wherein each petal of the lamina is set in a position of closing of the supply hole and is mobile, during the forward stroke of the piston, from the position of closing to a position of opening of the supply hole to enable inlet of the fuel into the pumping chamber.
14. The fuel-supply system according to claim 13, wherein the lamina of the one-way intake valve comprises an outer ring, which is fixed to the piston; extending from the outer ring of the lamina towards the inside are petals, each of which comprises a seal element of circular shape.
15. The fuel-supply system according to claim 14, wherein the petals are connected to the outer ring by a plurality of thin stems.
16. The fuel-supply system according to claim 14, wherein each seal element is connected to the ring by a respective thin stem.
17. The fuel-supply system according to claim 14, wherein some seal elements have a stem that connects said same seal elements to the outer ring, while other seal elements are not connected directly to the outer ring, but are connected to the seal elements that are connected directly to the outer ring.
18. An electronic-injection fuel-supply system for an internal-combustion engine that comprises at least one injector and a fuel pump; the fuel pump comprising:
a variable-volume pumping chamber;
a one-way intake valve;
a one-way delivery valve;
a mobile piston is coupled to the variable-volume pumping chamber to vary cyclically the volume of the pumping chamber and the piston integrates within it the one-way intake valve; and
an actuator device, which impresses a reciprocating motion on the piston, comprises an electromagnetic actuator for actuating the piston during an intake phase, and comprises a spring for actuating the piston during a delivery phase,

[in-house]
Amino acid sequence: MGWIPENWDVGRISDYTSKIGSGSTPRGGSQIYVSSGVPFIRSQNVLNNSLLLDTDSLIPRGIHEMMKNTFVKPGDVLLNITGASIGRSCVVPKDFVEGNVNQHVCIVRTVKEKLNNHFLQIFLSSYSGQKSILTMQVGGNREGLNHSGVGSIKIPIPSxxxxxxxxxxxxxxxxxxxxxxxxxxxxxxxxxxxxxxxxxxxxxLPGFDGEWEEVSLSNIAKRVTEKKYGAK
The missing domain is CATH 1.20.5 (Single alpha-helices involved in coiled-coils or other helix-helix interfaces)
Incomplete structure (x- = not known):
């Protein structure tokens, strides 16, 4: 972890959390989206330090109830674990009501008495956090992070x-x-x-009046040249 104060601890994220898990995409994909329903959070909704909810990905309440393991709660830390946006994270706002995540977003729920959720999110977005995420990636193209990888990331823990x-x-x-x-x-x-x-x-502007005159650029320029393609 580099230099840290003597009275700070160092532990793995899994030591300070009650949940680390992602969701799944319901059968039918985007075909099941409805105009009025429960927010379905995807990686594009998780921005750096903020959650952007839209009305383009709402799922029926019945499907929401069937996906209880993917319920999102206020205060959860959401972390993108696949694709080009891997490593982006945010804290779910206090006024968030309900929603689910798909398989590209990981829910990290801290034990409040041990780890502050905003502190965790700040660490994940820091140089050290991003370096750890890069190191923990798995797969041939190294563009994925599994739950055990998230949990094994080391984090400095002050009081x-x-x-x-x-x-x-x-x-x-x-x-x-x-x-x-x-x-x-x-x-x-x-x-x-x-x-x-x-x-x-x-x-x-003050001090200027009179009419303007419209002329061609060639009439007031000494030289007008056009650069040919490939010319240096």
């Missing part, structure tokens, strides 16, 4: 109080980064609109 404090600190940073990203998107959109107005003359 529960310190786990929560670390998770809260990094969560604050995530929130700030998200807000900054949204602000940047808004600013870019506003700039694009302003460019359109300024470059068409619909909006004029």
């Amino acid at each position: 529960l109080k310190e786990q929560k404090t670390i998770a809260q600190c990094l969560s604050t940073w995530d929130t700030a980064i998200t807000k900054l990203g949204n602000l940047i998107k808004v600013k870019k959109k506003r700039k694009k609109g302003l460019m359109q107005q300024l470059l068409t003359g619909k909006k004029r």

wherein the electromagnetic actuator comprises: a coil; a fixed magnetic pole, which is set within a housing body and has a central hole to enable flow of fuel along a central supply channel of the housing body; and a mobile anchor, which is set within the housing body, has a central hole to enable flow of the fuel along the central supply channel, is rigidly connected to the piston, and is designed to be magnetically attracted by the fixed magnetic pole when the coil is excited,
wherein the spring is sized so that a force of pre-loading exerted by the spring on the piston is equal to a useful area of the piston multiplied by a desired fuel-supply pressure,
wherein the spring is set within the central hole of the mobile anchor and is compressed between the fixed magnetic pole and the piston.
19. The fuel-supply system according to claim 18, wherein the spring has a conical shape that increases in diameter toward a major base facing the piston.
Description
TECHNICAL FIELD

The present invention relates to an electronic-injection fuel-supply system.

The present invention finds advantageous application in an internal-combustion engine with small displacement for motor vehicles, to which the ensuing treatment will make explicit reference, without this implying any loss of generality.